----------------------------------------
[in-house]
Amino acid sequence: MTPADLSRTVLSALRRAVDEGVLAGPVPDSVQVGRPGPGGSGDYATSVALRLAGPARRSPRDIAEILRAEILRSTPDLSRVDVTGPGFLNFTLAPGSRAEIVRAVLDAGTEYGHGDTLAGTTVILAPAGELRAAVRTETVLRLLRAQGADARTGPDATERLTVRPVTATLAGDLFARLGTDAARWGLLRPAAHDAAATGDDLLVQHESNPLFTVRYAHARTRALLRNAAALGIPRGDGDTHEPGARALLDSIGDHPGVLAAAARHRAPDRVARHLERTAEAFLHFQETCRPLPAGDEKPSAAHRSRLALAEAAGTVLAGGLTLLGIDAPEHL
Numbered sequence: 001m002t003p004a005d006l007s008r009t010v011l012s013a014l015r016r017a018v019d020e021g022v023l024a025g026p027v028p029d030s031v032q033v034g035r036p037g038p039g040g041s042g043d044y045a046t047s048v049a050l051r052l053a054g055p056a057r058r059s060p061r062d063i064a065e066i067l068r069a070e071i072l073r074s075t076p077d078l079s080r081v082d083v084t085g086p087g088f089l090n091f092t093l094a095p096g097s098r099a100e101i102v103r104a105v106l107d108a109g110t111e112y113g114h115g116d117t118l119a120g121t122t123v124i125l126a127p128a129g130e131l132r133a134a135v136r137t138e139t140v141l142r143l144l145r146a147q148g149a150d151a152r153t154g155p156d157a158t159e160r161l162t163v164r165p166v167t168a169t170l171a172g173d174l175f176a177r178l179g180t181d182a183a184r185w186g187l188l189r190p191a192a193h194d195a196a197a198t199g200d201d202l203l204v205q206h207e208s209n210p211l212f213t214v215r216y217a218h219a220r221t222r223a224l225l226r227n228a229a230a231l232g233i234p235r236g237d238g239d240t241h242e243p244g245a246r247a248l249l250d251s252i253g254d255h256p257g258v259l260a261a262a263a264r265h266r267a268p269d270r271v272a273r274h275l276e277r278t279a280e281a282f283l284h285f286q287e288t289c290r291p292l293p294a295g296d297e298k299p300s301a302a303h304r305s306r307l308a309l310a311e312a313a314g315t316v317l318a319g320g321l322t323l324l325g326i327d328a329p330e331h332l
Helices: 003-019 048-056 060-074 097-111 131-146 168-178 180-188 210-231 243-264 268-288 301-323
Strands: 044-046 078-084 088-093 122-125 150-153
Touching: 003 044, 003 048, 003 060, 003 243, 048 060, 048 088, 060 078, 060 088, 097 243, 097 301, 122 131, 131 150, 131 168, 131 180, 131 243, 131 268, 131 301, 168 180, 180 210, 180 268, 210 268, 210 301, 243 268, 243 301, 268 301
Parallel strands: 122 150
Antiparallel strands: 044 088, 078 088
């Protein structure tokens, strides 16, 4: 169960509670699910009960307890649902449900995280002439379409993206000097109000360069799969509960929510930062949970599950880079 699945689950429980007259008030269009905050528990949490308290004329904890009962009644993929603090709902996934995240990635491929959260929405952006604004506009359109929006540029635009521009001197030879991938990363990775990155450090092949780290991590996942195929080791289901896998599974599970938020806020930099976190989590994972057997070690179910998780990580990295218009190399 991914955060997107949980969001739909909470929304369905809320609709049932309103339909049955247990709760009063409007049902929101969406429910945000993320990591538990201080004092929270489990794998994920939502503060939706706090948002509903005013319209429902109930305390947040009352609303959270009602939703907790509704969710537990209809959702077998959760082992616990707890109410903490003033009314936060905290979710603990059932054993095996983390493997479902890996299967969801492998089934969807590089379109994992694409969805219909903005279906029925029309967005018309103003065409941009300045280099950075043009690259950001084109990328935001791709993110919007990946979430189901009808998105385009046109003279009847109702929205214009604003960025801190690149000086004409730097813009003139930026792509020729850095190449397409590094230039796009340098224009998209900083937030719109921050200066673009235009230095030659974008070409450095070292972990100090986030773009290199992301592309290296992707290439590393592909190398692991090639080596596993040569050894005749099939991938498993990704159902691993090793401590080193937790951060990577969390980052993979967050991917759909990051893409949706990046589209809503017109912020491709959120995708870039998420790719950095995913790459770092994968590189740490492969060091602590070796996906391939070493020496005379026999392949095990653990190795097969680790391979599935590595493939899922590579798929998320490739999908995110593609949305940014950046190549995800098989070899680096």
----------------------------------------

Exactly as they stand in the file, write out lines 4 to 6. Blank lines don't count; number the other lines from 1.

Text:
Helices: 003-019 048-056 060-074 097-111 131-146 168-178 180-188 210-231 243-264 268-288 301-323
Strands: 044-046 078-084 088-093 122-125 150-153
Touching: 003 044, 003 048, 003 060, 003 243, 048 060, 048 088, 060 078, 060 088, 097 243, 097 301, 122 131, 131 150, 131 168, 131 180, 131 243, 131 268, 131 301, 168 180, 180 210, 180 268, 210 268, 210 301, 243 268, 243 301, 268 301